Although the lack of racial and gender diversity among the ranks of the majority of both midsized and top law firms is a major issue, it’s past time to shed light on the real problem — inclusion, or lack thereof, says Marlen Whitley of Reed Smith LLP.
With its recent agreement to settle numerous high-profile disputes over whether it is a joint employer with its franchisees, McDonald’s has avoided prolonged litigation and a potentially adverse decision that could have had sweeping ramifications for franchisors and their franchisees nationwide, says Steven Gutierrez of Holland & Hart LLP.
Despite the Trump administration's desire to shut down the Legal Services Corp., thankfully the budget that Congress passed and the president signed into law last week has restored $410 million of funding to the legal aid organization. An unlikely brief for preserving LSC may be found in the quirky Denzel Washington film "Roman J. Israel, Esq.," says Kevin Curnin, immediate past president of the Association of Pro Bono Counsel.
In order to enable lawyers to best meet cybersecurity challenges, state bars should pass rules that adopt a cybersecurity framework to be developed by a national committee, says Shaun Jamison, associate dean of faculty and professor at Purdue University's Concord Law School.
To many young attorneys, becoming an equity partner shows a firm's long-term commitment, meaning job security and a voice in important firm matters. However, the industry has changed and nowadays it may not be better to enter a new firm as an equity partner, says Jeffrey Liebster of Major Lindsey & Africa.
Esports is going to have a major impact on traditional sports, and the U.S. Supreme Court’s upcoming sports gambling holding in NCAA v. Christie is going to have a major impact on esports, say Holland & Knight LLP attorney David Lisko and law student Viktor Lyusi.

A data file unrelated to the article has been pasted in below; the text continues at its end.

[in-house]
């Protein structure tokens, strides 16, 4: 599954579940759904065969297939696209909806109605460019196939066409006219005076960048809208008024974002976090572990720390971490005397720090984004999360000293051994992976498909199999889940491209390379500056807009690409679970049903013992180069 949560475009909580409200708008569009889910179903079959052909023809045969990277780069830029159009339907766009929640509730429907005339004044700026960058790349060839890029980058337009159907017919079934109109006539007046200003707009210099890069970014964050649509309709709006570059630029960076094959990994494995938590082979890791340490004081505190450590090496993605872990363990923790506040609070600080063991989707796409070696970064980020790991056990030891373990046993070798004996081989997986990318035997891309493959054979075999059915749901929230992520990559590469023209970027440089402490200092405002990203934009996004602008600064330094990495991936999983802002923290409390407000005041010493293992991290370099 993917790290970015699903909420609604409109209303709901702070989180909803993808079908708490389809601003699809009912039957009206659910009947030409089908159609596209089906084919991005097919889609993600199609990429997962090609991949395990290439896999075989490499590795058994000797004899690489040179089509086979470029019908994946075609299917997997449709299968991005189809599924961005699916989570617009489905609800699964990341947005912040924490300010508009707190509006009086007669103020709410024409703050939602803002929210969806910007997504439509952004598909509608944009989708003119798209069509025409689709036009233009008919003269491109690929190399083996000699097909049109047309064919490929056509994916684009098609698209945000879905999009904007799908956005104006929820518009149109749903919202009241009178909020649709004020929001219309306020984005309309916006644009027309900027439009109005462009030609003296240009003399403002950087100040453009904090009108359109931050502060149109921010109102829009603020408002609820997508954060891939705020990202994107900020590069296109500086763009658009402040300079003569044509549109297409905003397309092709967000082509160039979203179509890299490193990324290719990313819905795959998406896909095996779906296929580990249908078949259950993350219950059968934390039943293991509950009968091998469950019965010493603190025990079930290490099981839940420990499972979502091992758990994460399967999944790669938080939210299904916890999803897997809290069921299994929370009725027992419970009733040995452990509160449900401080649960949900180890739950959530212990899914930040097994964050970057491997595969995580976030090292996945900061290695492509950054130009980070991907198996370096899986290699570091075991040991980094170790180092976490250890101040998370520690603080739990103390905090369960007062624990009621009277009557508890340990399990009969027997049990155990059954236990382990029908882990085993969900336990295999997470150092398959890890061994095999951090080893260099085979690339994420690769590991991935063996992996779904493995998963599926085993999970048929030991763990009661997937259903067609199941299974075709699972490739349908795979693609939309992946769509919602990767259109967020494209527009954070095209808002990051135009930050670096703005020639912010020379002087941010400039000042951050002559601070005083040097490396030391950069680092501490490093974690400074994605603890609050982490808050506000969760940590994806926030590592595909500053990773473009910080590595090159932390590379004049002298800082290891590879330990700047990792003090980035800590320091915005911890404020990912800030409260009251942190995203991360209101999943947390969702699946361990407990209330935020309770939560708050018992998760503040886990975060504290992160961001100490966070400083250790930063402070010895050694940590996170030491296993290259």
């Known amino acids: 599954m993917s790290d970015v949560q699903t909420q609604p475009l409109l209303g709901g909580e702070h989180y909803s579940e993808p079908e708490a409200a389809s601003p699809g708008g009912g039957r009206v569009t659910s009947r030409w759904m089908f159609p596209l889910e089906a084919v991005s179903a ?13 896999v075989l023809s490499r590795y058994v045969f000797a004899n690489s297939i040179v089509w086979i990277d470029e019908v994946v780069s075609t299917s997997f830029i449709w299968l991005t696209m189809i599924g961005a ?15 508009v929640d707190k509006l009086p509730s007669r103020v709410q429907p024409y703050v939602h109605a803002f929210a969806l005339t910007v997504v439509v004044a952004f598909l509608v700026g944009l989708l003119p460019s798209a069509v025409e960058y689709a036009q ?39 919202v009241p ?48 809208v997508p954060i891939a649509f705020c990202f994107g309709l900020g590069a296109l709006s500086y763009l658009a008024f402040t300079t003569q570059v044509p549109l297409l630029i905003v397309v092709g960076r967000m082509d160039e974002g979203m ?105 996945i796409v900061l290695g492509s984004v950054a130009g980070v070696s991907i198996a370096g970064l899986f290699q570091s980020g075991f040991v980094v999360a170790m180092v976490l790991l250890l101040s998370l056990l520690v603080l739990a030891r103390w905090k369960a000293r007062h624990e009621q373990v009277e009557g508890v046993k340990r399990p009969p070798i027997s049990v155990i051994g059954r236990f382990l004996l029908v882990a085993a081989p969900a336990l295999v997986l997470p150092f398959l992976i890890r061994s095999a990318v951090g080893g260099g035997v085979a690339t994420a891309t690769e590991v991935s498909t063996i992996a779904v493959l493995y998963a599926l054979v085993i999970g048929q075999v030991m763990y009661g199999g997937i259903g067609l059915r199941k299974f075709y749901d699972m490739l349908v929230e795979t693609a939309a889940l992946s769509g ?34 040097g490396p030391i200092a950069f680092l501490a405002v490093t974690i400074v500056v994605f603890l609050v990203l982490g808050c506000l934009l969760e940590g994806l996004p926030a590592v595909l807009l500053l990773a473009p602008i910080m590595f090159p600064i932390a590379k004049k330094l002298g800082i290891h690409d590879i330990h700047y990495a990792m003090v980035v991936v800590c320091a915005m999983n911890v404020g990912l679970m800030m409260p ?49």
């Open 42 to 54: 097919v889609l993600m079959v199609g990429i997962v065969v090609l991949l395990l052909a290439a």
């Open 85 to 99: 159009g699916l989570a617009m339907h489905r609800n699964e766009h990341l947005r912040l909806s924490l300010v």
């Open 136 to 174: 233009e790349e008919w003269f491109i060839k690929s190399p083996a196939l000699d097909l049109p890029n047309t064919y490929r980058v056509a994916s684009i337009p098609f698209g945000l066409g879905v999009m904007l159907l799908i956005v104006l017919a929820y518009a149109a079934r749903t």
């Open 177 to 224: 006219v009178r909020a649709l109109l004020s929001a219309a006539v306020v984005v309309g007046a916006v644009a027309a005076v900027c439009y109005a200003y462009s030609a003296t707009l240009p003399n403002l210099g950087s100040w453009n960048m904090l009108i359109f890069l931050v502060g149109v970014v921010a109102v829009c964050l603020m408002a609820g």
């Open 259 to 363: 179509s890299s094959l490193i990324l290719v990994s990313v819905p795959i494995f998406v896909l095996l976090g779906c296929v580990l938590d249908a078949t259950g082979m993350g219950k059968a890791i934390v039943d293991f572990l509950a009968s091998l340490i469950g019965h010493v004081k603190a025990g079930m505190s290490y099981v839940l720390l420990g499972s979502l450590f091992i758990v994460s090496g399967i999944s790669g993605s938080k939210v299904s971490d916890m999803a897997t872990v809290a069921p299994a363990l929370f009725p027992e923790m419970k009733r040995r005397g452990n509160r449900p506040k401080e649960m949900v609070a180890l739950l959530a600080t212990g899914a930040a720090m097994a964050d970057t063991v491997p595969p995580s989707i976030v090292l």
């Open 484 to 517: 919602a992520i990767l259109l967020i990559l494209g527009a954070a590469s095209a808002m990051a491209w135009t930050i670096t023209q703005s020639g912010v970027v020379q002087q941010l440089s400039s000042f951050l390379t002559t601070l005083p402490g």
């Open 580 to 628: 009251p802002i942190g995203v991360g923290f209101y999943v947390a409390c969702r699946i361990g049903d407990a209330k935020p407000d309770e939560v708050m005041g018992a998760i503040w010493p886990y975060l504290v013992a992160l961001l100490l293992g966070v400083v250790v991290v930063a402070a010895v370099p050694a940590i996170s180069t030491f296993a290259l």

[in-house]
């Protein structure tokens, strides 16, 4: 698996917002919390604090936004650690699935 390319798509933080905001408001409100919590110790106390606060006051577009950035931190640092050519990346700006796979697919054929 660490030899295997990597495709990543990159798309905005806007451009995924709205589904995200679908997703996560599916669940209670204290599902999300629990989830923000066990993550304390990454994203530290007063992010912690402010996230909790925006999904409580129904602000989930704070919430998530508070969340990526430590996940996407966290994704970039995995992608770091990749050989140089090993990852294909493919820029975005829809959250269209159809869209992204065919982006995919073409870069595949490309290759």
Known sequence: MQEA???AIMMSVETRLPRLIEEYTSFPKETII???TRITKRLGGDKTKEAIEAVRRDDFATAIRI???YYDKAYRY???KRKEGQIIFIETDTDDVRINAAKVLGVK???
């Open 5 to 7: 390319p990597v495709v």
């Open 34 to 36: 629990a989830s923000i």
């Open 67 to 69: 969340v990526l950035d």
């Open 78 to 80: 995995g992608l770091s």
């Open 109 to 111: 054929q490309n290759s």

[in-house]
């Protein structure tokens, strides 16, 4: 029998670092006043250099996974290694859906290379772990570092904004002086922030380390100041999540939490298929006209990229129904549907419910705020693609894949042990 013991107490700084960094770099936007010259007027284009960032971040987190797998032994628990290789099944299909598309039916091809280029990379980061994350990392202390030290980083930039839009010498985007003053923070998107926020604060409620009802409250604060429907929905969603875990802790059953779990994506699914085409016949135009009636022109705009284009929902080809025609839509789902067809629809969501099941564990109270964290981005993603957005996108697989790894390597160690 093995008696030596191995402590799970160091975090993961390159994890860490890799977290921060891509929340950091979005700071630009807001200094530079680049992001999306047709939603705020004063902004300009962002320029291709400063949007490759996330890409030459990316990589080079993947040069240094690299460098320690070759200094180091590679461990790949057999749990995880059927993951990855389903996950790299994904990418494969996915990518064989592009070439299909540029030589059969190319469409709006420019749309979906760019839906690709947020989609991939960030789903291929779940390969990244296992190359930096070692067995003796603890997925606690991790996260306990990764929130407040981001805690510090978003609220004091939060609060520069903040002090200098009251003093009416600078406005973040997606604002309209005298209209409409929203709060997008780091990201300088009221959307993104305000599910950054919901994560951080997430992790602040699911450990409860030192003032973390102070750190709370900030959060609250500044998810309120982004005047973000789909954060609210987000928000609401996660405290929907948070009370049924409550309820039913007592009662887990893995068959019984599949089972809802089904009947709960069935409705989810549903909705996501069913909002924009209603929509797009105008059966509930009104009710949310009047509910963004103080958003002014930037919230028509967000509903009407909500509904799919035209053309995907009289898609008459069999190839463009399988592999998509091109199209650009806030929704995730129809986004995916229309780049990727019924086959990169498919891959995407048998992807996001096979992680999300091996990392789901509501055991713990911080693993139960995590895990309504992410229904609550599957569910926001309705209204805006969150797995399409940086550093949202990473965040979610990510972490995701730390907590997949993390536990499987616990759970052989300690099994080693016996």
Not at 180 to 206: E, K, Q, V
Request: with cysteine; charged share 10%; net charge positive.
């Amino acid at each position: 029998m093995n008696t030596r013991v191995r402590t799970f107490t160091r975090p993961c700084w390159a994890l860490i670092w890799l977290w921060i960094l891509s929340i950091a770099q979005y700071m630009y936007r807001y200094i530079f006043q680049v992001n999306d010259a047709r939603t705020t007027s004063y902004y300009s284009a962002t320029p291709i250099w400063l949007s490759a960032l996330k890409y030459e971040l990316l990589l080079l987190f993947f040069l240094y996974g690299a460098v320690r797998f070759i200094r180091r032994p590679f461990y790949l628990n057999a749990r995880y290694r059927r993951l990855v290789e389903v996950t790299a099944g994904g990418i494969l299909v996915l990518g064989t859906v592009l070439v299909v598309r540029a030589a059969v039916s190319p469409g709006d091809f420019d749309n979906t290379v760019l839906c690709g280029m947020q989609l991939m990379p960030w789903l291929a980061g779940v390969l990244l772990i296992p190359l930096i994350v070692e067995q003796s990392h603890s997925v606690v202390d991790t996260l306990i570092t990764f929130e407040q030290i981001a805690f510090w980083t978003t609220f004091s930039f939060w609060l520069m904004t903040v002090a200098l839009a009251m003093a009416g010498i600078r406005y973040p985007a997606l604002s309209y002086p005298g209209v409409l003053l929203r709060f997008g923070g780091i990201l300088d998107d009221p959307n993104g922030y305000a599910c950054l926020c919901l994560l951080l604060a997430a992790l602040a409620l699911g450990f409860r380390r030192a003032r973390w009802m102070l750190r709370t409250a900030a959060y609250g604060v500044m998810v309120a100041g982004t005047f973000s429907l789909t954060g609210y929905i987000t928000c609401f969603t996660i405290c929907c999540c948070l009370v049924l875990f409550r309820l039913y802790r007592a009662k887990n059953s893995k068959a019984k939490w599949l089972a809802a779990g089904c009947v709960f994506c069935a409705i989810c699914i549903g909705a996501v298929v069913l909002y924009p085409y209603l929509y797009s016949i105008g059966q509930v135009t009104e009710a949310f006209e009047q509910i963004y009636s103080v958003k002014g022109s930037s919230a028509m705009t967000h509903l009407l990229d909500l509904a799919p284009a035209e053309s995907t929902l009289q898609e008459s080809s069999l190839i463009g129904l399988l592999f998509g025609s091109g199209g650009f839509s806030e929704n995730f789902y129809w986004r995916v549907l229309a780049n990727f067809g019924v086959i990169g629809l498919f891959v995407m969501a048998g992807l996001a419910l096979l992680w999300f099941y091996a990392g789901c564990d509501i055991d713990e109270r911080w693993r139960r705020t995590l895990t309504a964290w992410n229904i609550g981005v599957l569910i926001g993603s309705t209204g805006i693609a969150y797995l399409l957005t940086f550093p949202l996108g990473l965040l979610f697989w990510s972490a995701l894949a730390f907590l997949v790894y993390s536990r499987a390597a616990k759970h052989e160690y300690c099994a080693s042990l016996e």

Lawyers can help protect their clients by avoiding standard force majeure text, and spelling out the intent of the parties in unambiguous terms. While it is impossible to address all contingencies, clearly defined and precise language can be used to mitigate performance and even economic risks, say Alan Howard and Luke van Houwelingen of Crowell & Moring LLP.
In his new book, "Without Precedent: Chief Justice John Marshall and His Times," professor Joel Richard Paul ably explains more than a dozen of Marshall’s most significant opinions, which comes as no surprise. What is a surprise — a pleasant one — is the book's readability, says Judge Thomas Hardiman of the Third Circuit.
While the Sixth Circuit held in 2006 that Title VII didn't cover sexual orientation discrimination, the court's recent decision in U.S. Equal Employment Opportunity Commission v. R.G. & G.R. Harris Funeral Homes is part of the current trend of courts broadly construing the meaning of “sex discrimination” and increasing workplace protections under federal law for LGBT employees, say attorneys with Obermayer Rebmann Maxwell & Hippel LLP.